The scary part! Just kidding. This stage is by far the most time consuming, at least it was for me. To have an idea of how the logic of the app would work I decided to try and draw out a Class UML Diagram. I had never done one of these before so It's likely that it isn't technically correct but it was enough for me to get an idea of where to start.
Doing this UML Diagram was extremely helpful in figuring out the key components to the app. Especially when it came to workflows between each class. Having a rough overview lets you get into coding without being lost as to where to start.
Not much to say about this next part of the development. I used Xcode and just kept writing code and testing it in the simulator and on my iPhone. What I found interesting is that even though I had what I thought was a solid foundation in Swift, Xcode & Cocoa Touch, in reality it's as if I had to relearn everything from scratch. It's very different following tutorials and playing around in code to actually developing an app from just an idea (shocking I know!).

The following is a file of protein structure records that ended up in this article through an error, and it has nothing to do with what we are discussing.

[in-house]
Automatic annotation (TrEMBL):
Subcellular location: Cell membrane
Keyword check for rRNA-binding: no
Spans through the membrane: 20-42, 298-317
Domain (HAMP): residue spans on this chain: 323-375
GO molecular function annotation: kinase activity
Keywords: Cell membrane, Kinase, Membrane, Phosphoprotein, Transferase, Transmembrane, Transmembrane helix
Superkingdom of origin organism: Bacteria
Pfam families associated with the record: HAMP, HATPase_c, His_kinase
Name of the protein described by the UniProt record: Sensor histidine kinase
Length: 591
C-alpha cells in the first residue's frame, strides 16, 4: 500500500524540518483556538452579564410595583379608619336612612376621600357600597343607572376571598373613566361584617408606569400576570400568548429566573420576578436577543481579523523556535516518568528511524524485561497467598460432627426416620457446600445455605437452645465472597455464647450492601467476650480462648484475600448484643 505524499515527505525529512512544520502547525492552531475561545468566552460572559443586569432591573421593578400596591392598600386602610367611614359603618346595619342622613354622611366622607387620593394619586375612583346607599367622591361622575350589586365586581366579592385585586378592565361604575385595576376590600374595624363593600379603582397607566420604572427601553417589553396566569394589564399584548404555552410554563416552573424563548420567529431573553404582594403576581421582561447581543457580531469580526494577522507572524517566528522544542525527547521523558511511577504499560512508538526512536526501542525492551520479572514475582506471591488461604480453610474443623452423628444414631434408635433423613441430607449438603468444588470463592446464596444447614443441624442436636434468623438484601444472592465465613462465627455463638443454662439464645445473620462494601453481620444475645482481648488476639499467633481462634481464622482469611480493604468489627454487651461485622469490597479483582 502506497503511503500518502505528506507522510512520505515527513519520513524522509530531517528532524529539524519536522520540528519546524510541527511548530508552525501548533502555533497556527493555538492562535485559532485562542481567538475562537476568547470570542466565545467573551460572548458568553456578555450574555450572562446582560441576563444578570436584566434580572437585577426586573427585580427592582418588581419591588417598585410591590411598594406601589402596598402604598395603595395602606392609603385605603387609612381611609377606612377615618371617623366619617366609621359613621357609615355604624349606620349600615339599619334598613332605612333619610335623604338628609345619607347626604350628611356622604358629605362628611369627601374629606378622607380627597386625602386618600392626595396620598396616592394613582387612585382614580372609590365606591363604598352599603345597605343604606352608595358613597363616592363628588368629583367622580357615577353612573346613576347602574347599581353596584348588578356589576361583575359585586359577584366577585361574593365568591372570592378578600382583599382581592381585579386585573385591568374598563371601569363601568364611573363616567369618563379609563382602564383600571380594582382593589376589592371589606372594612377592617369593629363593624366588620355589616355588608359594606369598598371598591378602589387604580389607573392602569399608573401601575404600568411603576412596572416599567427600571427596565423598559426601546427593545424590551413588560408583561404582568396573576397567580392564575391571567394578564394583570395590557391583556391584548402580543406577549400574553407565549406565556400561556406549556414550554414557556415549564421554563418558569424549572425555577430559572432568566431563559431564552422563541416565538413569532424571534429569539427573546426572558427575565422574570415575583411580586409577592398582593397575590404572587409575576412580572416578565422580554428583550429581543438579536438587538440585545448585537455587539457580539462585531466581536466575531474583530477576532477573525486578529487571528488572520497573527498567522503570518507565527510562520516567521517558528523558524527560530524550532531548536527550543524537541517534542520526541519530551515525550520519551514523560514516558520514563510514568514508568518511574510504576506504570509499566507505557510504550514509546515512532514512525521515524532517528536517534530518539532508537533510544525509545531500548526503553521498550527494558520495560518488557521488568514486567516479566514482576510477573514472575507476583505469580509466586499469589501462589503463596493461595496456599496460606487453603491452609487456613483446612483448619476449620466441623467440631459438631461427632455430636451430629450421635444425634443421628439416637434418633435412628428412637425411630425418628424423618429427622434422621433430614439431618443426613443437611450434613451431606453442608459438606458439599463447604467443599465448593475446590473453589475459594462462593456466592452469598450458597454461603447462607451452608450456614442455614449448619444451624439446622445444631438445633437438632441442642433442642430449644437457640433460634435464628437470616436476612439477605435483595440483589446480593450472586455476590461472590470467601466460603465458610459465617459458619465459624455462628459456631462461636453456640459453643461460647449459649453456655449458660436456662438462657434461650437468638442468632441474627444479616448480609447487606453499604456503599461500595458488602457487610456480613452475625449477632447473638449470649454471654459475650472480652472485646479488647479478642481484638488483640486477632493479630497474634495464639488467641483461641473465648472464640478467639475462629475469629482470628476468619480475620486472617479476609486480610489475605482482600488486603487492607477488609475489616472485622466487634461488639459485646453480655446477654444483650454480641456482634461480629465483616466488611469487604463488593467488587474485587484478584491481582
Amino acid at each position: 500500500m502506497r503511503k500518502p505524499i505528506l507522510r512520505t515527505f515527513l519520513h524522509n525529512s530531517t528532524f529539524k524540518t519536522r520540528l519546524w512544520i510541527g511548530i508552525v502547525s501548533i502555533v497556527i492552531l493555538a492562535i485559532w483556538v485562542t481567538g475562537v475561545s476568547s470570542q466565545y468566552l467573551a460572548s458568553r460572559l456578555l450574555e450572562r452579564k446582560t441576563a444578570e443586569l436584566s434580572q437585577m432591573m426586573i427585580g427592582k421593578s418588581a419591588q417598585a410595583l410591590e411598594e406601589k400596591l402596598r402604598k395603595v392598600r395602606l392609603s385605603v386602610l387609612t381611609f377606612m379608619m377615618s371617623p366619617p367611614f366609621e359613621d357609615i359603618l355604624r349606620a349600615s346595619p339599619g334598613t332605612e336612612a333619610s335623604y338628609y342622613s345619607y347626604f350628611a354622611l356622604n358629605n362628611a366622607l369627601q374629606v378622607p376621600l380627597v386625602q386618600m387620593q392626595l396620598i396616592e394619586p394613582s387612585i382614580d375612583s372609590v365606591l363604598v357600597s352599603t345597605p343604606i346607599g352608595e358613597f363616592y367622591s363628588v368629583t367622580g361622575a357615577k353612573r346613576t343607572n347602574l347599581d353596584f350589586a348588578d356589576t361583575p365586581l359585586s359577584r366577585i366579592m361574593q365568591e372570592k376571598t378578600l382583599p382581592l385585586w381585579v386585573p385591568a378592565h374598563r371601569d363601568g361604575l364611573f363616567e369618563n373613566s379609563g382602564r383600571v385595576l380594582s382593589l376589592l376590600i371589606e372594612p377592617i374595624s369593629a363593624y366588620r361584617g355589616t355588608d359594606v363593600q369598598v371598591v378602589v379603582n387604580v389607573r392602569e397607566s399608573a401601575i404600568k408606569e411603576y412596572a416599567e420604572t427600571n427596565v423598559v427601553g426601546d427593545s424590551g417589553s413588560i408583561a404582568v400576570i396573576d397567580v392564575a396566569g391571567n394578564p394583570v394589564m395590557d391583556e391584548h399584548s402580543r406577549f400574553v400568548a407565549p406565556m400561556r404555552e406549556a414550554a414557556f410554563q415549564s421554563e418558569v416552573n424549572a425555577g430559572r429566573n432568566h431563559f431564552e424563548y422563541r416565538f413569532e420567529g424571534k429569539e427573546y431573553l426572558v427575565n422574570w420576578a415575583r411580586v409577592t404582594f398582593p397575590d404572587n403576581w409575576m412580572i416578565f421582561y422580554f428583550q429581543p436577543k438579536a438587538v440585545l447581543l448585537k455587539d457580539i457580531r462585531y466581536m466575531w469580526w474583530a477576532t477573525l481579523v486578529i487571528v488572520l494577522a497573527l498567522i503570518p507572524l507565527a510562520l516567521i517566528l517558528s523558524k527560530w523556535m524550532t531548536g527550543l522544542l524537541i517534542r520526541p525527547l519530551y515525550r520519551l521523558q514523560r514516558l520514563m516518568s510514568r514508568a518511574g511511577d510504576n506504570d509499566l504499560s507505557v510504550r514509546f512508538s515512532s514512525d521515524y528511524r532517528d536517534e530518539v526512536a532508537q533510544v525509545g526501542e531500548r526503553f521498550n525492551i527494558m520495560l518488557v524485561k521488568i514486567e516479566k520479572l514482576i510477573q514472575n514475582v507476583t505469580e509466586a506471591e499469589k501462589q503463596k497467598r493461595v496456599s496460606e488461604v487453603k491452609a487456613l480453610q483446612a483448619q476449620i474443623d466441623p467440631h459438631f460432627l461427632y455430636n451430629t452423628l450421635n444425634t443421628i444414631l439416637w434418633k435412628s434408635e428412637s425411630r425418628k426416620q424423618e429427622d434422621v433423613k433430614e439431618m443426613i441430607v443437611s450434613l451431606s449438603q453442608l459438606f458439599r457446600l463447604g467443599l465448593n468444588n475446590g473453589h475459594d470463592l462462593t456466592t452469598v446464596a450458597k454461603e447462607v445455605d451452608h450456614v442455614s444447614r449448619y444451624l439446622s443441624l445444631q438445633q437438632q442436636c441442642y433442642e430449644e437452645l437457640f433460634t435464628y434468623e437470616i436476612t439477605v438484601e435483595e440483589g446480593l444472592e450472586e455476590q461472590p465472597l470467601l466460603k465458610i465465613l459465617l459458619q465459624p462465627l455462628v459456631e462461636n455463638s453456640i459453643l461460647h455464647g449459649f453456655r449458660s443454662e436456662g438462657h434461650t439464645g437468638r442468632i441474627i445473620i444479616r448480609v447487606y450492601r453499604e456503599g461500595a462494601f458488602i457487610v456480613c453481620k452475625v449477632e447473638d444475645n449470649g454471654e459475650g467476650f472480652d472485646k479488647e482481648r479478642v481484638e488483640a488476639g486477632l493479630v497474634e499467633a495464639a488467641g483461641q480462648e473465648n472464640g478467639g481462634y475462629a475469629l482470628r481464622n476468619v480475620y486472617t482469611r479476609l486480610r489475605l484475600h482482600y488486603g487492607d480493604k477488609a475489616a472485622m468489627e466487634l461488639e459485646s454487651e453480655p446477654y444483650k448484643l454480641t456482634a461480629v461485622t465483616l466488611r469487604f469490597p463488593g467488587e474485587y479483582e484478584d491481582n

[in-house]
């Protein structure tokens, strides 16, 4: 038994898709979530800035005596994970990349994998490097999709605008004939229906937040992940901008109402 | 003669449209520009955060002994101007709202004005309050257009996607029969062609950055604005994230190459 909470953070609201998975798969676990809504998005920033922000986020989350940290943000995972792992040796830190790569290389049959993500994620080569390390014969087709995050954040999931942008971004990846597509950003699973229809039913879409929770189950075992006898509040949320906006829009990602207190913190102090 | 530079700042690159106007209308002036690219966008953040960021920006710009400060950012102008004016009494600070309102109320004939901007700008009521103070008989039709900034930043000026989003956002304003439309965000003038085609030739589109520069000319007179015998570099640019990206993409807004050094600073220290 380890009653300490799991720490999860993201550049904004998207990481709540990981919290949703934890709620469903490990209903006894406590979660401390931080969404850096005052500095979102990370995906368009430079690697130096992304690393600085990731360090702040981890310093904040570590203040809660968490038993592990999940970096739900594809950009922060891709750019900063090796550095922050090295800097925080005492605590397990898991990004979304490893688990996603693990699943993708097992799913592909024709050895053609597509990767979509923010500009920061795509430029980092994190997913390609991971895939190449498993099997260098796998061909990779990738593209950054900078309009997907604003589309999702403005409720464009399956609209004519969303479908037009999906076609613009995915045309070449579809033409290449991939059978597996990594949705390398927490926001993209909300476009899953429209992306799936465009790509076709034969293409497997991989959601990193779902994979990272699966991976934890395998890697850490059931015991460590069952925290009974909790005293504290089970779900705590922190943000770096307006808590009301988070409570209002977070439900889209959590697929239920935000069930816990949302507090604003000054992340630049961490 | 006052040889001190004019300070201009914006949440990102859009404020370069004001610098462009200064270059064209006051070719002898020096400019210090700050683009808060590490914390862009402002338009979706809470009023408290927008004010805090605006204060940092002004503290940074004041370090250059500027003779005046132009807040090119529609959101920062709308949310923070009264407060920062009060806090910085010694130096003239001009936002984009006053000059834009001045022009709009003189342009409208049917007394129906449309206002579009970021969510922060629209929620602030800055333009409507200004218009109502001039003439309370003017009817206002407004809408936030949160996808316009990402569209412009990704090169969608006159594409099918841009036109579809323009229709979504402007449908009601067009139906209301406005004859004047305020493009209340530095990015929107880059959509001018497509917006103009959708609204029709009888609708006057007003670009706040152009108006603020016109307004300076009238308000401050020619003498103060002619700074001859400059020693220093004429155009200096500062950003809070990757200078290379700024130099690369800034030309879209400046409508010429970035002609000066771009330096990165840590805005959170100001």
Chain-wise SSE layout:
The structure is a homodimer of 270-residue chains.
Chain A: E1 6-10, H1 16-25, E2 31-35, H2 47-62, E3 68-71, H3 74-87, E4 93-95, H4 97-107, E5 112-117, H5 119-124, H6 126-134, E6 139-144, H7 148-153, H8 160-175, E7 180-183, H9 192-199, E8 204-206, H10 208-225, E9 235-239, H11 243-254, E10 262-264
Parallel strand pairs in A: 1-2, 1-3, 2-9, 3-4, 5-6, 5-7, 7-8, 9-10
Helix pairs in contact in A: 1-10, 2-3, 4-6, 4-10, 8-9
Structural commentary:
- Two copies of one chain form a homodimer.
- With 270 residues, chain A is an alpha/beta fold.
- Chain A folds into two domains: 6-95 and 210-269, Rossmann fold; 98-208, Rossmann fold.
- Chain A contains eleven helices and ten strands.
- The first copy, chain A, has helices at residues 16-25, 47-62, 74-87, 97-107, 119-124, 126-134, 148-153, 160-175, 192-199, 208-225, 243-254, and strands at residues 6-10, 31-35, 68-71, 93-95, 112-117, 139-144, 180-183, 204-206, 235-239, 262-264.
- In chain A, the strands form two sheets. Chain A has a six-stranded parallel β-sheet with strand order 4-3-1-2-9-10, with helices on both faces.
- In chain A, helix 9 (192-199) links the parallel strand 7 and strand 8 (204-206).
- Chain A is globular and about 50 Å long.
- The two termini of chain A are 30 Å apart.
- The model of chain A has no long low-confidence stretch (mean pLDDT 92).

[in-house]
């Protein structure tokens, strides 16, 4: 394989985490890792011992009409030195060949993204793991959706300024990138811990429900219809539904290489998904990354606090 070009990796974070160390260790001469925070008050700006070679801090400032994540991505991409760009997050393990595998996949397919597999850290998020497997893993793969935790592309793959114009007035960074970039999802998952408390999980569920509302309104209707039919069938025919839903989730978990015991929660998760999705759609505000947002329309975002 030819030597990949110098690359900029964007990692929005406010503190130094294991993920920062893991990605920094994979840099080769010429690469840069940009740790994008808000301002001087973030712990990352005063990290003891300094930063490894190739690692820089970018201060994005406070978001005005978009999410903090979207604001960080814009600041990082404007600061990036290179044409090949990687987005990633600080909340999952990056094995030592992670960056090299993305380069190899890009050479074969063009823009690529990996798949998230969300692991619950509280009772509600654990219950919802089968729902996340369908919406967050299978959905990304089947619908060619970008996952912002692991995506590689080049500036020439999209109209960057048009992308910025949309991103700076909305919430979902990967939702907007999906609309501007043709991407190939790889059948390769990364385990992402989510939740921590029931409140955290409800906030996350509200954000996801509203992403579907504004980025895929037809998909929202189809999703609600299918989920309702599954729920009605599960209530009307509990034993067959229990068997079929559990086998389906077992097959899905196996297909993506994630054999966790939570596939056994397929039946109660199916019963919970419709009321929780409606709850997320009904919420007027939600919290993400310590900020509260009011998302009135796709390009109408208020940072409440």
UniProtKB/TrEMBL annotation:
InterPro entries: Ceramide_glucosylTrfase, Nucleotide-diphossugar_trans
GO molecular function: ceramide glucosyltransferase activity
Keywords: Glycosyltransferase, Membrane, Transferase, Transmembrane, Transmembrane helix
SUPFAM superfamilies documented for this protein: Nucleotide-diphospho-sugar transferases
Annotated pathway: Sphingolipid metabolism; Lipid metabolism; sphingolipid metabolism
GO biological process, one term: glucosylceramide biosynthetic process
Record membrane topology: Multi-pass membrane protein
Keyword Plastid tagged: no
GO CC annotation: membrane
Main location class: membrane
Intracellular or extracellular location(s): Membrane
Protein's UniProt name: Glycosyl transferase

Testing with TestFlight
The end is close!... well... not yet. So recapping. I had an idea, sketched UI concepts, then I created digital renders, went out to get feedback on said renders and got to a final UI Candidate. So here I am, I've programmed a functioning version 1.0. Time to see how this app performs in the real world with real people.
Setting up TestFlight was quite easy. Log into iTunesConnect and fill out the necessary information. Add willing beta testers via their email address to the External Testers part of TestFlight. Build and archive the app and upload it to iTunes Connect. Submit app for beta review. Cross fingers and wait!